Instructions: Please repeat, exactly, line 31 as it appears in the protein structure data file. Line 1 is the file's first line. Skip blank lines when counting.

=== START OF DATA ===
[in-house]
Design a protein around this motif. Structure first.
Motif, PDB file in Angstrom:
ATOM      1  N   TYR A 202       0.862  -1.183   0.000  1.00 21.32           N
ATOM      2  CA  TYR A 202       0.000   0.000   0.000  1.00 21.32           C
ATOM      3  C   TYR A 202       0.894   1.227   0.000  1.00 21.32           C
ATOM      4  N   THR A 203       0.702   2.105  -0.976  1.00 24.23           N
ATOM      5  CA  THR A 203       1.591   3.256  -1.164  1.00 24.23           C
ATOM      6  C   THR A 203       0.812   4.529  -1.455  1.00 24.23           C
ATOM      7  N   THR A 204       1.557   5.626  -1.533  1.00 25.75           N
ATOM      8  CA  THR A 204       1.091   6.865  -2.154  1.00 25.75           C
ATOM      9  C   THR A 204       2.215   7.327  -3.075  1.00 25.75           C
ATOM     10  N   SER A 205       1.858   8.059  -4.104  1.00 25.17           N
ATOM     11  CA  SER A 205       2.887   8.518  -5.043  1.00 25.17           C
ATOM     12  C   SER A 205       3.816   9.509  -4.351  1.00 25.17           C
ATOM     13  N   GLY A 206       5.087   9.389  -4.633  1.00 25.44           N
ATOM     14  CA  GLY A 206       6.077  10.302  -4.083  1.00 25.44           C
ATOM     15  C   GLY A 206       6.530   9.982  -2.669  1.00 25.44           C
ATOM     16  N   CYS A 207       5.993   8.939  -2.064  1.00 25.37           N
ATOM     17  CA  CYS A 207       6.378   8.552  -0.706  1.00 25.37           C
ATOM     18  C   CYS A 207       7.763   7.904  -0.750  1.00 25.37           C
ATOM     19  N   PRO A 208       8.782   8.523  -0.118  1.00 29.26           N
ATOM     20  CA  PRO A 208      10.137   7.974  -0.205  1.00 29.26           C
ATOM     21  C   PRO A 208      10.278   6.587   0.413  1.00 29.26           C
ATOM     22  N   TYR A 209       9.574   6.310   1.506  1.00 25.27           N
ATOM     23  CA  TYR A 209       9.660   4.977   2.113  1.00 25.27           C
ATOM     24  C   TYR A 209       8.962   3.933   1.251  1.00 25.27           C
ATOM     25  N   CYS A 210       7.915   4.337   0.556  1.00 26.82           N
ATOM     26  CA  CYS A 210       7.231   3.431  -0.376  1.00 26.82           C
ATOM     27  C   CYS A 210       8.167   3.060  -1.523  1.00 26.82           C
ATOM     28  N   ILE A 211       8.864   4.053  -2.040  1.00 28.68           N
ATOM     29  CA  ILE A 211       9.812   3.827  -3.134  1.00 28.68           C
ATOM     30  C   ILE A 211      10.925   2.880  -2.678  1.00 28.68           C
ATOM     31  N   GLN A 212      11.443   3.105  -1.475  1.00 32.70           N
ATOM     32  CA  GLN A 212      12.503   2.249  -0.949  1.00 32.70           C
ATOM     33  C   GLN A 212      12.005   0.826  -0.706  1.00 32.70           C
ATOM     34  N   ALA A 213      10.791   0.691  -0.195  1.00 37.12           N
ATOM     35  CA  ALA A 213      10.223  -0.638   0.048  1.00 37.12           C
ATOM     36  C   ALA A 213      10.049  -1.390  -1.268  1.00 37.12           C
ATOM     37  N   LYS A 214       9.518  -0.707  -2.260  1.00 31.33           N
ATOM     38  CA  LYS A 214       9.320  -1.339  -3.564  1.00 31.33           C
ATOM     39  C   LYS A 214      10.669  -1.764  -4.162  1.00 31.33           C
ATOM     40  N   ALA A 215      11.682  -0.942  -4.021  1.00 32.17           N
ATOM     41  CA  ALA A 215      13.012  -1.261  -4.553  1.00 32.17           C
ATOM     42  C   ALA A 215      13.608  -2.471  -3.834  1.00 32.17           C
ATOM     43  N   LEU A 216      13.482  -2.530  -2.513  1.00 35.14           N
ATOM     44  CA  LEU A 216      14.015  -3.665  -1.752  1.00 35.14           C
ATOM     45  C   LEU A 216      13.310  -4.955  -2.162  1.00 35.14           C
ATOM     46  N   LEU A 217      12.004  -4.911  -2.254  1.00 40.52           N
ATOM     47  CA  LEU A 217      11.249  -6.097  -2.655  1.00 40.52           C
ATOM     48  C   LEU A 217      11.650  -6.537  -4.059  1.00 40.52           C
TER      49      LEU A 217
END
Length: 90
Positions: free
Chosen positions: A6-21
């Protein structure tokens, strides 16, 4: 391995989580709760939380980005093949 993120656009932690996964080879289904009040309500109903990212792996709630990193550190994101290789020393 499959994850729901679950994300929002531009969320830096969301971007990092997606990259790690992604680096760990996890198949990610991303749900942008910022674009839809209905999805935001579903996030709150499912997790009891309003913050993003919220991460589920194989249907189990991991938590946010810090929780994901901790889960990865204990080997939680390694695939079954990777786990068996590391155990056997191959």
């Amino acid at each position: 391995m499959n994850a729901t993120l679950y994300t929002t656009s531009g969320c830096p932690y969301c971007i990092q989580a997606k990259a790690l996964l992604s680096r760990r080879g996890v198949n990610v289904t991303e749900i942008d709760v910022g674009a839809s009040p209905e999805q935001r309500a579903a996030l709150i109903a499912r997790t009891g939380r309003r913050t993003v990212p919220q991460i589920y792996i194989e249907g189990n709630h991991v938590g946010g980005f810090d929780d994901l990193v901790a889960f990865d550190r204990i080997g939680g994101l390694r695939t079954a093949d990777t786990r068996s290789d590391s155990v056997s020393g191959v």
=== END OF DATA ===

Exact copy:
ATOM     28  N   ILE A 211       8.864   4.053  -2.040  1.00 28.68           N